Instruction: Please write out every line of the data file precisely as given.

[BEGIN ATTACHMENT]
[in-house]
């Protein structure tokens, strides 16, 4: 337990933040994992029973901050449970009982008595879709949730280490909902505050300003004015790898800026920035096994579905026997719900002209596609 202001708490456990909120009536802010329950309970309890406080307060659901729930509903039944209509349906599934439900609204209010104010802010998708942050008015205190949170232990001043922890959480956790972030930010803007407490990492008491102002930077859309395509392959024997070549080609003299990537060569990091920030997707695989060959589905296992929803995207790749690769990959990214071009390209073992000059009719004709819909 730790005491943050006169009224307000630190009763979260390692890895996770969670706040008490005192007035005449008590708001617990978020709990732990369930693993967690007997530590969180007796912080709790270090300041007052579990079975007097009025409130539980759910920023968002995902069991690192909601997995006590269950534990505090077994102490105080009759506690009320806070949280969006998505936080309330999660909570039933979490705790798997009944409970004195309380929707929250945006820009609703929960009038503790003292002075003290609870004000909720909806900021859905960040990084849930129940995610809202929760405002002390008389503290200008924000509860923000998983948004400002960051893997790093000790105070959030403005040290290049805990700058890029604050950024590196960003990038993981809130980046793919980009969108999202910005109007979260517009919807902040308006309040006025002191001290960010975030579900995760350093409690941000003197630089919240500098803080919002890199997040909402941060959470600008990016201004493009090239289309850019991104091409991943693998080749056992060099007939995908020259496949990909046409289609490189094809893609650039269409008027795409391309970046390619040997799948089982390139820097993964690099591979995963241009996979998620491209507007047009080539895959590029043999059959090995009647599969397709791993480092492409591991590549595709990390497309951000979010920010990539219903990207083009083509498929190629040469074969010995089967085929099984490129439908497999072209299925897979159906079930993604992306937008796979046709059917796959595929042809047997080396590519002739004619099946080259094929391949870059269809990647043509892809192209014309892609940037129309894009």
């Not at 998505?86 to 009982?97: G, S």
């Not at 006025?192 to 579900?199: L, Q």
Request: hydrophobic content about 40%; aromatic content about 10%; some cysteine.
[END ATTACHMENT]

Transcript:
[in-house]
């Protein structure tokens, strides 16, 4: 337990933040994992029973901050449970009982008595879709949730280490909902505050300003004015790898800026920035096994579905026997719900002209596609 202001708490456990909120009536802010329950309970309890406080307060659901729930509903039944209509349906599934439900609204209010104010802010998708942050008015205190949170232990001043922890959480956790972030930010803007407490990492008491102002930077859309395509392959024997070549080609003299990537060569990091920030997707695989060959589905296992929803995207790749690769990959990214071009390209073992000059009719004709819909 730790005491943050006169009224307000630190009763979260390692890895996770969670706040008490005192007035005449008590708001617990978020709990732990369930693993967690007997530590969180007796912080709790270090300041007052579990079975007097009025409130539980759910920023968002995902069991690192909601997995006590269950534990505090077994102490105080009759506690009320806070949280969006998505936080309330999660909570039933979490705790798997009944409970004195309380929707929250945006820009609703929960009038503790003292002075003290609870004000909720909806900021859905960040990084849930129940995610809202929760405002002390008389503290200008924000509860923000998983948004400002960051893997790093000790105070959030403005040290290049805990700058890029604050950024590196960003990038993981809130980046793919980009969108999202910005109007979260517009919807902040308006309040006025002191001290960010975030579900995760350093409690941000003197630089919240500098803080919002890199997040909402941060959470600008990016201004493009090239289309850019991104091409991943693998080749056992060099007939995908020259496949990909046409289609490189094809893609650039269409008027795409391309970046390619040997799948089982390139820097993964690099591979995963241009996979998620491209507007047009080539895959590029043999059959090995009647599969397709791993480092492409591991590549595709990390497309951000979010920010990539219903990207083009083509498929190629040469074969010995089967085929099984490129439908497999072209299925897979159906079930993604992306937008796979046709059917796959595929042809047997080396590519002739004619099946080259094929391949870059269809990647043509892809192209014309892609940037129309894009």
């Not at 998505?86 to 009982?97: G, S």
């Not at 006025?192 to 579900?199: L, Q």
Request: hydrophobic content about 40%; aromatic content about 10%; some cysteine.